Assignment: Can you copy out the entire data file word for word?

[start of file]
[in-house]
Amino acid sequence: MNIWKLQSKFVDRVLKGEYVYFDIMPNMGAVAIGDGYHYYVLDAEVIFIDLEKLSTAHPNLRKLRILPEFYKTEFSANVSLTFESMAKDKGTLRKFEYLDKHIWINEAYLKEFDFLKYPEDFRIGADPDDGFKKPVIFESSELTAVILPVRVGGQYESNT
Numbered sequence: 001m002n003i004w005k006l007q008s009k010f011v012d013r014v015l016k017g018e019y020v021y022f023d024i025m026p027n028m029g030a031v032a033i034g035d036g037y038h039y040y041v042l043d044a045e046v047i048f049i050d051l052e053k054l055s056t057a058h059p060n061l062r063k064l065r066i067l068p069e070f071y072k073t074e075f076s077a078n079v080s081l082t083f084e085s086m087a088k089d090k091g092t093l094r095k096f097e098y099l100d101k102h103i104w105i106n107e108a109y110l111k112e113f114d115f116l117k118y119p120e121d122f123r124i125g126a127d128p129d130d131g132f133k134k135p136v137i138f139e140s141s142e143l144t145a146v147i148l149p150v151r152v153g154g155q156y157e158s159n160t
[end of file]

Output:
[in-house]
Amino acid sequence: MNIWKLQSKFVDRVLKGEYVYFDIMPNMGAVAIGDGYHYYVLDAEVIFIDLEKLSTAHPNLRKLRILPEFYKTEFSANVSLTFESMAKDKGTLRKFEYLDKHIWINEAYLKEFDFLKYPEDFRIGADPDDGFKKPVIFESSELTAVILPVRVGGQYESNT
Numbered sequence: 001m002n003i004w005k006l007q008s009k010f011v012d013r014v015l016k017g018e019y020v021y022f023d024i025m026p027n028m029g030a031v032a033i034g035d036g037y038h039y040y041v042l043d044a045e046v047i048f049i050d051l052e053k054l055s056t057a058h059p060n061l062r063k064l065r066i067l068p069e070f071y072k073t074e075f076s077a078n079v080s081l082t083f084e085s086m087a088k089d090k091g092t093l094r095k096f097e098y099l100d101k102h103i104w105i106n107e108a109y110l111k112e113f114d115f116l117k118y119p120e121d122f123r124i125g126a127d128p129d130d131g132f133k134k135p136v137i138f139e140s141s142e143l144t145a146v147i148l149p150v151r152v153g154g155q156y157e158s159n160t